A Q&A on B.C.’s new seniors road test
By Steve Wallace
Times Colonist, April 6th 2018
The Enhanced Road Assessment (known as the ERA) for drivers showing signs of cognitive or physical impairment has spawned a bevy of questions.
Here are some answers to recently received correspondence.
Are there any tricks on the test?
There are no tricks.
The test is relatively straightforward.
Examiners will take the time to explain all aspects prior to commencing any practical sessions.
The vision test is simple, no study required!
There is a review of road signs.
It is presented as a reminder, with no pass-fail component.
The examiner will ask the candidate
to find their vehicle in a relatively small parking lot outside the ICBC testing office.
Getting lost in a parking lot is not a fail.
It is embarrassing.
(It happened to me in Montreal years ago.)
Seniors no longer must drive a vehicle supplied by the testers, as in the DriveABLE process that recently ended.
The client must provide a vehicle of their choice.
The test is conducted at ICBC, Service B.C. or at contracted facilities throughout rural B.C.
Are supportive passengers permitted in the back seat during the ERA?
No other person is allowed in the vehicle during the road test.
This includes translators.
Why has the B.C. Automobile Association been so silent about this process and its effect on their senior members?
I have no idea of their involvement or non-involvement at this testing stage.
To whom can we appeal the result?
There has been a general criticism of ICBC in the correspondence I received.
It is misguided — ICBC is not the adjudicator.
This program is a Road Safety initiative.
ICBC is an agent of delivery.
The Superintendent of Motor Vehicles (Road Safety) is the final decision maker.
Any correspondence concerning an appeal should be directed to them.
Am I allowed to use the back-up camera when reversing on the road test?
Yes, it is permitted.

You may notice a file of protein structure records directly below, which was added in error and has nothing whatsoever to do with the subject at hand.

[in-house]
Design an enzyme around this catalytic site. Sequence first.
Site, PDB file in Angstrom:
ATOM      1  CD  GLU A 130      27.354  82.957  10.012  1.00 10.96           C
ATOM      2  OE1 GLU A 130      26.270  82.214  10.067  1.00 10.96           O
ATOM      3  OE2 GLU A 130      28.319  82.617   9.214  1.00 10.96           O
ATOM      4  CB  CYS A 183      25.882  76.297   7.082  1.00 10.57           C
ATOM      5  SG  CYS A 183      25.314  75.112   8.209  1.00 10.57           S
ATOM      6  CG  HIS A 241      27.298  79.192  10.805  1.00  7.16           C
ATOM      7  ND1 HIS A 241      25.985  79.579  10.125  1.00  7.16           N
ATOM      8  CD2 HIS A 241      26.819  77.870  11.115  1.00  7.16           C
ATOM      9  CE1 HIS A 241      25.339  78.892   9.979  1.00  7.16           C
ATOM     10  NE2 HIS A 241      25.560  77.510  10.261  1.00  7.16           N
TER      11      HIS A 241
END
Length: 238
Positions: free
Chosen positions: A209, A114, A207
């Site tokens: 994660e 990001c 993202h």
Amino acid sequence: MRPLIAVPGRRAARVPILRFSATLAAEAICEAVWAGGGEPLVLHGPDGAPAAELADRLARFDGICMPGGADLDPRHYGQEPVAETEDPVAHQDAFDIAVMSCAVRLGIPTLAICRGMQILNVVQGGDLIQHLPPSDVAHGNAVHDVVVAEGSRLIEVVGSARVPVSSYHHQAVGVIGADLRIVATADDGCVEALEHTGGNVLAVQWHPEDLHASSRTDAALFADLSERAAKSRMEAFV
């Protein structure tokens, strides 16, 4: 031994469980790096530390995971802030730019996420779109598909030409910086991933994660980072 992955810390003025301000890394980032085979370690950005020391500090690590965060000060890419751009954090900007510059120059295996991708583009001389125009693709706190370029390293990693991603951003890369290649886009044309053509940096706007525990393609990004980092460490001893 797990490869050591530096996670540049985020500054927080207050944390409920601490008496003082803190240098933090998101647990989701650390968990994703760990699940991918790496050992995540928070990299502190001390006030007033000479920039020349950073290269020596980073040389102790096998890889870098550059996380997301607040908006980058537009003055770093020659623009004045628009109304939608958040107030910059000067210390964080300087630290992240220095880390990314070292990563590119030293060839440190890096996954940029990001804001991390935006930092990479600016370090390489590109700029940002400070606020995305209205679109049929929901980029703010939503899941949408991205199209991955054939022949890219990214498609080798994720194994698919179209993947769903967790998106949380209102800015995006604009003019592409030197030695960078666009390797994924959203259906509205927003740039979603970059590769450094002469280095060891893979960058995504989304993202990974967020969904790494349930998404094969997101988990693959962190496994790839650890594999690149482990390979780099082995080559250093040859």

The vehicle must be stopped while doing so.
Do I have to parallel park?
No such request will be made.
Instead, there might be a chance to back out of a parking space.
The test will end as it began.
If the vehicle was backed in to begin, it will end the same way.
My advice to most seniors is to start the test nose in, or in a drive-through space.
Will my vehicle be inspected?
The examiner will ask all drivers at the beginning of the test to demonstrate the use of the headlights, wipers, windows, horn, electric and hand signals as well as brake light illumination.
This is to insure the vehicle is in good working order and the driver has a basic knowledge of the controls before commencing the test.
The examiner will be mindful of scrapes, scratches, dents and the general condition of the vehicle.
It is not a good idea to take a vehicle for the road test that looks like it was the loser in a recently held demolition derby.
What are the most common reasons for failure on the road test?
Speeding in school and playground areas is a no-no.
Ten per cent over the limit is the threshold for such a failure in these zones.
The repeated absence of a shoulder check before a lateral move is another common failure mistake.
Stopping completely is mandatory at all stop signs and red lights.
Proper spacing, particularly when turning left at an intersection
when oncoming traffic is looming, is mandatory. Do I have to drive on the highway?
Some test routes require it, and others do not.
This double standard is not only puzzling but also inconsistent with a standard test model.
The road test format one receives should not be a “crap shoot” or “luck of the draw,” but rather a certainty.
Keep the questions coming, I’ll try to answer all of them.